The Advanced Photon Source
a U.S. Department of Energy Office of Science User Facility

The Molecules Behind Tay-Sachs Disease


Researchers using the BioCARS sector 14 beamline at the APS have determined how changes in a pair of proteins lead to the family of neurological disorders that includes Tay-Sachs disease. They solved the three-dimensional structure of one protein essential to Tay-Sachs and modeled the structure of a second key protein based on the first. The results help explain why different mutations lead to different forms of the same class of neurological disorder, and may help in developing treatments against them.

Tay-Sachs is caused by an inherited deficiency of the enzyme Hex A, which removes a sugar residue from fatty molecules found in brain cells. Without it, fat builds up in the cells and kills them in a still mysterious way. Three genes must interact to remove the sugar properly: HEXA and HEXB, which produce the a- and b-subunits of Hex A, respectively; and GM2A, whose protein product, Gm2A, activates Hex A. Mutations that significantly reduce the activity of these genes can cause one of several related disorders, including Tay-Sachs and Sandhoff disease. One in 35 Ashkenazi Jews carries the mutation that causes Tay-Sachs, and 1 in 300 individuals in general carries it. Understanding the structures of the proteins involved might enable researchers to design drugs to activate or replace them. However, researchers had, to date, only determined the structure of the Gm2A protein.

The group solved two structural problems at once - Hex A and the closely related Hex B - as reported in the April 11, 2003, issue of the Journal of Molecular Biology. They first crystallized Hex B, made of two b-subunits, and determined its structure by analyzing its x-ray diffraction pattern. In Hex B, which is easier to crystallize than Hex A, two kidney-shaped b-subunits come together so their active sites, or catalytic regions, face each other but are offset (Fig. 1). Previous studies had indicated that each type of Hex subunit has an active site capable of performing a slightly different type of sugar removal, but that two subunits must come together for either one to be active. To determine how the b-subunit active site binds its substrate, the researchers soaked a Hex B inhibitor that mimics the substrate into the crystallized enzyme. They found that the active sites work cooperatively because several of the amino acids that make up each subunit's active site come from the other subunit. People who have mutations in these amino acids experience a mild, chronic form of Sandhoff disease, or a variant or acute form of Tay-Sachs, depending on which amino acid is mutated. Soaking the crystal with a different inhibitor also confirmed that Hex B uses a similar catalytic mechanism to related enzymes.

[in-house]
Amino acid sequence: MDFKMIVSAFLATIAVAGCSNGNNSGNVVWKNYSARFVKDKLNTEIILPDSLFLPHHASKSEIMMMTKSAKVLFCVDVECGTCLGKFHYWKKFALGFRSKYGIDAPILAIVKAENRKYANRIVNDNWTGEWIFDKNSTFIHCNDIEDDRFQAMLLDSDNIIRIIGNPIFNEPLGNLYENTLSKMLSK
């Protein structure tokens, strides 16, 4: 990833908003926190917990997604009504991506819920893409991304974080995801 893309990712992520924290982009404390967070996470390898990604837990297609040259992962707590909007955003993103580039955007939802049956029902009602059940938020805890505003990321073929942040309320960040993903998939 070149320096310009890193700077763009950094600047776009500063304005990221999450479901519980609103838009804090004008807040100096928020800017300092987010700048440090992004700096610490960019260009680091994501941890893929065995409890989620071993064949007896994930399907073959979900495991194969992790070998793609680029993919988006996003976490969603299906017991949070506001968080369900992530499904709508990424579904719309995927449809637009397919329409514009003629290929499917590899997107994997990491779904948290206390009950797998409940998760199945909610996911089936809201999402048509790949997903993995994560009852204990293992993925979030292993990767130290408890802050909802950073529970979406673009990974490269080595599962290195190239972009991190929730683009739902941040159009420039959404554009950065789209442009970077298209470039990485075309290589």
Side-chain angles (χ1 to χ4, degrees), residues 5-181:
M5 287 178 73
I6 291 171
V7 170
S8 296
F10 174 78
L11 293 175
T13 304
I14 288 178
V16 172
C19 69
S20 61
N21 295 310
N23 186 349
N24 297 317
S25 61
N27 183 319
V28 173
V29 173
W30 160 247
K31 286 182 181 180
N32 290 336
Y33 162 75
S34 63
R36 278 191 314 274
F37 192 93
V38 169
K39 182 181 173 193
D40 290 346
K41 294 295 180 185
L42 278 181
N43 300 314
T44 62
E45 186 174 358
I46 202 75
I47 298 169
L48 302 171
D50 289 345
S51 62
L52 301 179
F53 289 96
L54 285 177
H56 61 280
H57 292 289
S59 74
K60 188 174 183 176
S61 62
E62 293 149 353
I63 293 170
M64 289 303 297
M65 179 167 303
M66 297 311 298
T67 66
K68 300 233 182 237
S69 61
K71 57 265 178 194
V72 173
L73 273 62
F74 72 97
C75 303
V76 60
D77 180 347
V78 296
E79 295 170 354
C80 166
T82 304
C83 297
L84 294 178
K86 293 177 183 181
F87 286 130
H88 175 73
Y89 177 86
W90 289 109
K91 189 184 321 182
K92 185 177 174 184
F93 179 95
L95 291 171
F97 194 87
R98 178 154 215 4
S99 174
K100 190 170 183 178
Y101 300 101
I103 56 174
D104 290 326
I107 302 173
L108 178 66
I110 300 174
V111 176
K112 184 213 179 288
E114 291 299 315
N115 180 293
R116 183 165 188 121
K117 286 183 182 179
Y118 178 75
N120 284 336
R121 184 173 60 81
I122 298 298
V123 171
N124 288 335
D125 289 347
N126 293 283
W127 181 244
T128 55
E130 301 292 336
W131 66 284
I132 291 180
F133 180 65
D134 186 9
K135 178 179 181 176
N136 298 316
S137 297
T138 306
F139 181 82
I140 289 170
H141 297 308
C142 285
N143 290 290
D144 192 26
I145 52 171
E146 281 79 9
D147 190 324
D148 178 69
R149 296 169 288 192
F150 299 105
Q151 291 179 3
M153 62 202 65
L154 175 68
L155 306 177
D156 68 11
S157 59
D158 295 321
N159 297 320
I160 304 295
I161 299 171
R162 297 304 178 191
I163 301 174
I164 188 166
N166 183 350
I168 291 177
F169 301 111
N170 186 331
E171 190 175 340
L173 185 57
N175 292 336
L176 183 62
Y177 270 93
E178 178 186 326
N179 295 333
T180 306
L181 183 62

Next they modeled the a-subunit based on the b-subunit, which has 60% of the same amino acids. In support of the modeling approach, much of the amino acid similarity occurs in the regions implicated in subunit joining or catalysis, suggesting that the b-subunit binds the a in the same way it binds itself; Hex A would probably need a similar overall shape to that of Hex B to support the same type of subunit binding. The model indicates that three amino acids in the a-subunit are responsible for Hex A's ability to bind substrates with a negative charge at one end. Biochemical studies of the enzyme's reaction rate when these amino acids are mutated support the conclusion. The predicted subunit interface also forms a large groove suitable for binding the cup-shaped activator protein Gm2A. Shape and electrostatic complementarities suggest that the activator positions itself over the a-subunit active site.

See: B.L. Mark 1, D.J. Mahuran 2,3, M.M. Cherney 1, D. Zhao 4, S. Knapp 4, and M.N.G. James 1, "Crystal Structure of Human b-Hexosaminidase B: Understanding the Molecular Basis of Sandhoff and Tay-Sachs Disease," J. Mol. Biol. 327, 1093-1109 (2003).

Author affiliations: 1University of Alberta, 2The Hospital for Sick Children, 3University of Toronto, 4Rutgers University

This work supported by Canadian Institutes of Health Research grants (to D.M. and M.N.G.J.). B.L.M. is supported by scholarships from the C.I.H.R., the Alberta Heritage Foundation for Medical Research, and the University of Alberta. M.N.G.J. holds a Canada Research Chair in Protein Structure and Function at the University of Alberta. Use of the BioCARS beamline was supported by the National Institutes of Health, National Center for Research Resources, under grant number RR07707. Use of the Advanced Photon Source was supported by the U.S. Department of Energy, Office of Science, Office of Basic Energy Sciences, under Contract No. W-31-109-ENG-38.

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